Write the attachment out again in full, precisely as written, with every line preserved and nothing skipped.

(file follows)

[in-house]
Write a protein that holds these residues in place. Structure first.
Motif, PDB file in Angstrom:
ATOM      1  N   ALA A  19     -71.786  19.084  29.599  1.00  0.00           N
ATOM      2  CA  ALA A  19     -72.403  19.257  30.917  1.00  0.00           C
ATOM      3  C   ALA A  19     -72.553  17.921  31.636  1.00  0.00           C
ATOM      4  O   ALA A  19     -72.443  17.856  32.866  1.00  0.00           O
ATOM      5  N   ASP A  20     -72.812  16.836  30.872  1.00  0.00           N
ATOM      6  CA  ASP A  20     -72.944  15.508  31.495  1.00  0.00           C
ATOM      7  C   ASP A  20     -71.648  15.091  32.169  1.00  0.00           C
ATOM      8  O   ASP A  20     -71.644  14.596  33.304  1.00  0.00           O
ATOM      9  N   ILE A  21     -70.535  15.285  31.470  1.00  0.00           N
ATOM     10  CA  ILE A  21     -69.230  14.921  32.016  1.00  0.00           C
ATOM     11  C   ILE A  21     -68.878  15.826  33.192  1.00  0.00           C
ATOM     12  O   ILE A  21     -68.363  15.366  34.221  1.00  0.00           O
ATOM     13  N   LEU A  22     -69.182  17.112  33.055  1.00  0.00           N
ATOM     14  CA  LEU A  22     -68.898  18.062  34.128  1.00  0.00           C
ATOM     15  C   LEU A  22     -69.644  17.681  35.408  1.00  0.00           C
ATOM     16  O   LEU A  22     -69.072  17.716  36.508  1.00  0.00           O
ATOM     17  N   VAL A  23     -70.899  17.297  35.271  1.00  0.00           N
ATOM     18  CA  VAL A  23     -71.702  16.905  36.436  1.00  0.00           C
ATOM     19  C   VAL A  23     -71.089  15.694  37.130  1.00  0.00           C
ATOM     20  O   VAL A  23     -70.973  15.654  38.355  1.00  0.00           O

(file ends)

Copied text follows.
[in-house]
Write a protein that holds these residues in place. Structure first.
Motif, PDB file in Angstrom:
ATOM      1  N   ALA A  19     -71.786  19.084  29.599  1.00  0.00           N
ATOM      2  CA  ALA A  19     -72.403  19.257  30.917  1.00  0.00           C
ATOM      3  C   ALA A  19     -72.553  17.921  31.636  1.00  0.00           C
ATOM      4  O   ALA A  19     -72.443  17.856  32.866  1.00  0.00           O
ATOM      5  N   ASP A  20     -72.812  16.836  30.872  1.00  0.00           N
ATOM      6  CA  ASP A  20     -72.944  15.508  31.495  1.00  0.00           C
ATOM      7  C   ASP A  20     -71.648  15.091  32.169  1.00  0.00           C
ATOM      8  O   ASP A  20     -71.644  14.596  33.304  1.00  0.00           O
ATOM      9  N   ILE A  21     -70.535  15.285  31.470  1.00  0.00           N
ATOM     10  CA  ILE A  21     -69.230  14.921  32.016  1.00  0.00           C
ATOM     11  C   ILE A  21     -68.878  15.826  33.192  1.00  0.00           C
ATOM     12  O   ILE A  21     -68.363  15.366  34.221  1.00  0.00           O
ATOM     13  N   LEU A  22     -69.182  17.112  33.055  1.00  0.00           N
ATOM     14  CA  LEU A  22     -68.898  18.062  34.128  1.00  0.00           C
ATOM     15  C   LEU A  22     -69.644  17.681  35.408  1.00  0.00           C
ATOM     16  O   LEU A  22     -69.072  17.716  36.508  1.00  0.00           O
ATOM     17  N   VAL A  23     -70.899  17.297  35.271  1.00  0.00           N
ATOM     18  CA  VAL A  23     -71.702  16.905  36.436  1.00  0.00           C
ATOM     19  C   VAL A  23     -71.089  15.694  37.130  1.00  0.00           C
ATOM     20  O   VAL A  23     -70.973  15.654  38.355  1.00  0.00           O